I was wondering if there is a way of generating a sample path of a Geometric Brownian Motion using two independent standard normal random variables instead of just one.

The exact scheme that uses one standard normal random variable

$$ \hat{S}_{t_{i+1}}= \hat{S}_{t_{i}} \text{exp}\left( (r- \frac{\sigma^2}{2})(t_{i+1}-t_i)+ \sigma \sqrt{t_{i+1}-t_i} Z \right), \ i=0, \dots, n-1$$.

I want to know if there is an exact scheme that uses multiple independent normal random variables. I am asking this specifically for a barrier-forward start type option which has a "barrier check" at say a time $t$.

The idea I had for this case is to have $Z_1$ simulate $S_{t}$ and then have an independent $Z_2$ simulate the final $S_T$ but I am not sure.


1 Answer 1


When you simulate a sample path of a standard Brownian motion, you are generating a sequence $(B_t)_{t \in \mathbb{\Pi}}$ where $\mathbb{\Pi} := \{t_0, ..., t_n\}$ is your time partition. You can view that sequence as $n$ draws of the same random variable, although no one could say that this isn't also 1 draw each of $n$ independent normal random variables.

This is true by definition. You can divide your sample path however you want and name/define things so that as many random variables as you wish get involved, but besides being a huge waste of time, I do not see the point.


Say we use a Euler discretization. You split a month into a grid using 1000 time steps. For each sample path, you need $(Z_t)_{t=1,...,1000}$ where each $Z_t \sim N(0, 1/1000)$.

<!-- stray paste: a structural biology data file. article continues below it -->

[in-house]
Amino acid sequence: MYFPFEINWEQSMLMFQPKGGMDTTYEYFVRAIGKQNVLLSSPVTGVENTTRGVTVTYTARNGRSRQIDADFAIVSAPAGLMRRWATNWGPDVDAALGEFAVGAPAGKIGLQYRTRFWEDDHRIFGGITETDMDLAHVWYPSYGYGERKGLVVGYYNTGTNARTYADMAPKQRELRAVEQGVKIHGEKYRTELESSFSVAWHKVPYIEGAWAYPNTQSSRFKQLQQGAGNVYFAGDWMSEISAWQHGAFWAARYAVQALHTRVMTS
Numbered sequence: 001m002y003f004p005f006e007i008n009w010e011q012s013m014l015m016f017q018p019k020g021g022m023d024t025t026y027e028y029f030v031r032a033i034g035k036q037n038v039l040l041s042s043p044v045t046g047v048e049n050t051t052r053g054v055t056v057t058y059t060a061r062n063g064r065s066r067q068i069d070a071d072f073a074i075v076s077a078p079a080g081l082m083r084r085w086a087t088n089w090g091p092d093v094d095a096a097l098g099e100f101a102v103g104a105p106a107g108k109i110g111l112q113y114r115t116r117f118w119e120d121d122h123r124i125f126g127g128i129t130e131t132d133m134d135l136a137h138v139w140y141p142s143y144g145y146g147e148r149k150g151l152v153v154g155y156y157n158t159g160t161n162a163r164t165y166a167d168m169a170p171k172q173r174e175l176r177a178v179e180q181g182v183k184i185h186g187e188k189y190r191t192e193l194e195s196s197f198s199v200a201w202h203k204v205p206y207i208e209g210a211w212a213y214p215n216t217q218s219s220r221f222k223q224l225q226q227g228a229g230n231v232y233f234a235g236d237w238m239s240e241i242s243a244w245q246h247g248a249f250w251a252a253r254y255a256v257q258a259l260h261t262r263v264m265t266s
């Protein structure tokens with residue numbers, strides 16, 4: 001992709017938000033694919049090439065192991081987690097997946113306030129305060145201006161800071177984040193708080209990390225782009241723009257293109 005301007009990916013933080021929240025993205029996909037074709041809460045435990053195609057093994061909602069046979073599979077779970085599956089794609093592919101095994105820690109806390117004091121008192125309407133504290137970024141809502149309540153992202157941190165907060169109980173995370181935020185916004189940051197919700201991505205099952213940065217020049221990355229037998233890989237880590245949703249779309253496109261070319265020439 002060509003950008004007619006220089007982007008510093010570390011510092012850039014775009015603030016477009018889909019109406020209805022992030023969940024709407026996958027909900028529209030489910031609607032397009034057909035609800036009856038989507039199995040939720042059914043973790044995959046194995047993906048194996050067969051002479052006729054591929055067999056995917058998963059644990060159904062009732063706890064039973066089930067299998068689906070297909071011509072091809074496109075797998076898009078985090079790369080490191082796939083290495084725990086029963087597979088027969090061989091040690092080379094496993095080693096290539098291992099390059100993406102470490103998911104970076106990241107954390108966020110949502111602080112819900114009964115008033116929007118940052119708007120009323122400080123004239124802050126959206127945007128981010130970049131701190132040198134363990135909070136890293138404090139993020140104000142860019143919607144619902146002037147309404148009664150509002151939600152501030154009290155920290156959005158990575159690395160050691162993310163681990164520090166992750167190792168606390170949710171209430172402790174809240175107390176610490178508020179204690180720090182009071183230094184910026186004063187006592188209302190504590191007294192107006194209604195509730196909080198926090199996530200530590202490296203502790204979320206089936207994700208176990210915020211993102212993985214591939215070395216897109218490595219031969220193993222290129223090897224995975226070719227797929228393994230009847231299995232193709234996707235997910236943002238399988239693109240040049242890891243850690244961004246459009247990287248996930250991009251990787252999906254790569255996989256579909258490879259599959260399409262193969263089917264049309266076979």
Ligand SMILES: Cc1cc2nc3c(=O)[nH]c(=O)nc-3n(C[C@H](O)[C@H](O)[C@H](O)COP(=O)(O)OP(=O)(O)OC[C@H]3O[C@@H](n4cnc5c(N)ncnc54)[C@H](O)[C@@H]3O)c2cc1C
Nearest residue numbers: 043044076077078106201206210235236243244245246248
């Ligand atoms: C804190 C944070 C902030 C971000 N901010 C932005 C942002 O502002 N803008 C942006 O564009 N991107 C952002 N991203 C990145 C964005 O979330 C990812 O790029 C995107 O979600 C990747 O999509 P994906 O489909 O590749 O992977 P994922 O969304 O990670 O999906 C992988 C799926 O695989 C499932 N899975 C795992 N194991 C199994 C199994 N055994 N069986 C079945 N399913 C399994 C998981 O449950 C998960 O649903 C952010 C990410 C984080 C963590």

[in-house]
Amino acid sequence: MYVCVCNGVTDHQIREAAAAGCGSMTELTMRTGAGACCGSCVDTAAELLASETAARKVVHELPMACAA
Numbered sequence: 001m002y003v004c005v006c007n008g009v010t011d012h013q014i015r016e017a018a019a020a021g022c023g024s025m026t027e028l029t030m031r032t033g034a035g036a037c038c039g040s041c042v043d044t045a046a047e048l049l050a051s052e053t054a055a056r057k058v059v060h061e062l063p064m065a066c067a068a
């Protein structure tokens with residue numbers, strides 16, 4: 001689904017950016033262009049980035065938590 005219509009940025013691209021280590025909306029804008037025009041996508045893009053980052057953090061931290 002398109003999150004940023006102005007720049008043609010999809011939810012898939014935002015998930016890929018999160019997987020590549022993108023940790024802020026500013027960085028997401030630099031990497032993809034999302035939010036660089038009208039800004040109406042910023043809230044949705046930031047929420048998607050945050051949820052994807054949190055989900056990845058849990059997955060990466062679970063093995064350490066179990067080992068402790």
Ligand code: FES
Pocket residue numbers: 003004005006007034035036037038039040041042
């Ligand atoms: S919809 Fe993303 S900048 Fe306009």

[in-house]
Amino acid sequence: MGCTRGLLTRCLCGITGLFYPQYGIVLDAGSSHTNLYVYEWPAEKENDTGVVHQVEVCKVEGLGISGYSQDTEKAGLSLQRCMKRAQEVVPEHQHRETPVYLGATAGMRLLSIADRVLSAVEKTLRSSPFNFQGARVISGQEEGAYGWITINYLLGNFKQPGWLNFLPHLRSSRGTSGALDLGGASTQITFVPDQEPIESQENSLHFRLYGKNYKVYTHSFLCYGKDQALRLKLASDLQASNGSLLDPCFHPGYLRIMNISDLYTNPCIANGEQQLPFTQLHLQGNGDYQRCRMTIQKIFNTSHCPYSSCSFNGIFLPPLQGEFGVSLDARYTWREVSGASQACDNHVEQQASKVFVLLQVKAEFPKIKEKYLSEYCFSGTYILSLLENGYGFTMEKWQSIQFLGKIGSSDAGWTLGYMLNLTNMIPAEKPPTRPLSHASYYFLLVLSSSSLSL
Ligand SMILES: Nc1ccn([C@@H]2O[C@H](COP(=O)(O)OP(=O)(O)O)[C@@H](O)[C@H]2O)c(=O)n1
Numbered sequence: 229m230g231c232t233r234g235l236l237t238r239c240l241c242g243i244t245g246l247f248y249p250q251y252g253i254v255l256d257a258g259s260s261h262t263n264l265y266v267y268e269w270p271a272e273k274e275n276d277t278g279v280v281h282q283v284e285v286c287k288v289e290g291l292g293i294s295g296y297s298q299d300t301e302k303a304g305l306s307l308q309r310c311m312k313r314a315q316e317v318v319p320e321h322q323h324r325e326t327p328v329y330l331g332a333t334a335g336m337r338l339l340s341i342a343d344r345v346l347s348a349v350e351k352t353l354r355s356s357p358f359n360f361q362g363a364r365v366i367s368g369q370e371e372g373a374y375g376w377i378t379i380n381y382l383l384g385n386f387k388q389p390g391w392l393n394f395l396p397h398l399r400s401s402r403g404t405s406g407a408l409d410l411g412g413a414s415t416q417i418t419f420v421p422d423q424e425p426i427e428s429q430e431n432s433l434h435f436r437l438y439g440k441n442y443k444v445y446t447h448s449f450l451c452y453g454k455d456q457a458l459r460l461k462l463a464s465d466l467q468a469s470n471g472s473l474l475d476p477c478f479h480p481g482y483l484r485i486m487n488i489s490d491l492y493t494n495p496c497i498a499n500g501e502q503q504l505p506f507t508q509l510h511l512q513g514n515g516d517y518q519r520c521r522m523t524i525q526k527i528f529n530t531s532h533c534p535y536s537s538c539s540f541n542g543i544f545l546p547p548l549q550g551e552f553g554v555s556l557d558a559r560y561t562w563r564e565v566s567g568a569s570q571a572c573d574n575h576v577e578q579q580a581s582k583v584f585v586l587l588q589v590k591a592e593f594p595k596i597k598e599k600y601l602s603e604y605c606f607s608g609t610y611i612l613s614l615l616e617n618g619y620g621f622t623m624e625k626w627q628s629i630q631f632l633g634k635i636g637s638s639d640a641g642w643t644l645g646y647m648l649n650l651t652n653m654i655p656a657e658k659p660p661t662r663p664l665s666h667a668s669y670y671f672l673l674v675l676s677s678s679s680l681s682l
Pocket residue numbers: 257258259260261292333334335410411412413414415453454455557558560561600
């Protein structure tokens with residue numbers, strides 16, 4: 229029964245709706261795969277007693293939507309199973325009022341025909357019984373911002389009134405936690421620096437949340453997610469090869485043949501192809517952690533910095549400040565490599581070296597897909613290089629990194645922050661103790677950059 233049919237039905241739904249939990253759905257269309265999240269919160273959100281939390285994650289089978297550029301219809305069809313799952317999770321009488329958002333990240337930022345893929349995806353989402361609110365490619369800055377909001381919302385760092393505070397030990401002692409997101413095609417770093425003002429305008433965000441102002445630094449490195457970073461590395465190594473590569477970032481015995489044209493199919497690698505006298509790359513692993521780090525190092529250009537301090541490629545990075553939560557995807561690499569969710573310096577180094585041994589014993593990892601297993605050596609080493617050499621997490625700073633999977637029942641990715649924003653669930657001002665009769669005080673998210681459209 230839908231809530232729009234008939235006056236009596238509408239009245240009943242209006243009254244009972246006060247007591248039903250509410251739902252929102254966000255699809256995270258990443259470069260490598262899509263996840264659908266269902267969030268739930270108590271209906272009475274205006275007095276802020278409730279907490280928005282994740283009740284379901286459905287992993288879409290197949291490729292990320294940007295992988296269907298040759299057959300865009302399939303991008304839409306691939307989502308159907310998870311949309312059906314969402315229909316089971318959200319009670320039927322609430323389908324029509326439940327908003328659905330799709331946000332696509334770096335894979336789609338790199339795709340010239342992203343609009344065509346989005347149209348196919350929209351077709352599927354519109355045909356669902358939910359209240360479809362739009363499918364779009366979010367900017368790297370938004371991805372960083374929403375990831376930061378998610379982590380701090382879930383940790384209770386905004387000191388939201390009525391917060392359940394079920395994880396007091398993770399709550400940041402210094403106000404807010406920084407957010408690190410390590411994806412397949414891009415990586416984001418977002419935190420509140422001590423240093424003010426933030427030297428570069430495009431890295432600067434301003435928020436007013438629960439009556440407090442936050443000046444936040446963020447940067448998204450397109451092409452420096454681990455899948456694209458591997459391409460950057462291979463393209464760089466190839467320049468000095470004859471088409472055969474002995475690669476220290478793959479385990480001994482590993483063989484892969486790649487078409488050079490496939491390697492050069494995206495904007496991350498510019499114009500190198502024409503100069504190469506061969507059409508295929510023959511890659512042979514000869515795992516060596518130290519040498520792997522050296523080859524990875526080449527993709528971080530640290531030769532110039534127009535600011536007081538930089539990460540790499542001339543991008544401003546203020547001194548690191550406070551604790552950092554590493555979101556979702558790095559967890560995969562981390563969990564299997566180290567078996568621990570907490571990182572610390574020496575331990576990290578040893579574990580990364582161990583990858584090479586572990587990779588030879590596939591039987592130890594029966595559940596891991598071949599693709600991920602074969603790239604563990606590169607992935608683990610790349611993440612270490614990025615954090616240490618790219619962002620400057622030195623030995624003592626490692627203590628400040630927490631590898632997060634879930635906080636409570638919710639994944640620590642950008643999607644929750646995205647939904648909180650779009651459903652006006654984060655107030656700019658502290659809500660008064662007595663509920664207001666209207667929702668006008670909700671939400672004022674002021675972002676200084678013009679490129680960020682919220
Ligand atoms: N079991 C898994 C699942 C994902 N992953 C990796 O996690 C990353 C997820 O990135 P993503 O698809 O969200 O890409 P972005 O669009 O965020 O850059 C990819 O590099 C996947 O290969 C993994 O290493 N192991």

On your computer, you could do:

B = np.random.normal(loc=0, scale=1, size=1000 )
Z = np.sqrt(1/1000)*B


B1 = np.random.normal(loc=0, scale=1, size=500 )
B2 = np.random.normal(loc=0, scale=1, size=500 )
B  = np.hstack( (B1,B2) )
 Z = np.sqrt(1/1000)*B

You can split those steps in as many vectors as you like. Each vector is a set of draws from a random normal distribution. You can treat this as many draws of 1 r.v., 500 draws each of 2 r.v., etc. It's just a question of definitions.

  • $\begingroup$ So in the case of using just one RV per sample path, the idea is just use that same single RV per discretisation step in the sample path? Then, I can also use, say 2. I am just not sure how I can use 2 instead of 1; for example, using a different Z at each time step is clear but how can I use just 2 per sample path? $\endgroup$
    – ʎpoqou
    Commented May 2, 2020 at 19:26
  • $\begingroup$ You're probably over-thinking this. Let me give you an example in an edit. $\endgroup$
    – Stéphane
    Commented May 2, 2020 at 19:27
  • $\begingroup$ It's a big waste of time to explicit this. The only time you'd use it is if you need to patch together two simulations to save time. $\endgroup$
    – Stéphane
    Commented May 2, 2020 at 19:38
  • $\begingroup$ Except you wrote np.sqrt(1000) but shouldnt that be 1/1000 with the way you defined the variance? $\endgroup$
    – ʎpoqou
    Commented May 3, 2020 at 9:15
  • $\begingroup$ Yes, that should be 1/1000 $\endgroup$
    – Stéphane
    Commented May 4, 2020 at 2:18

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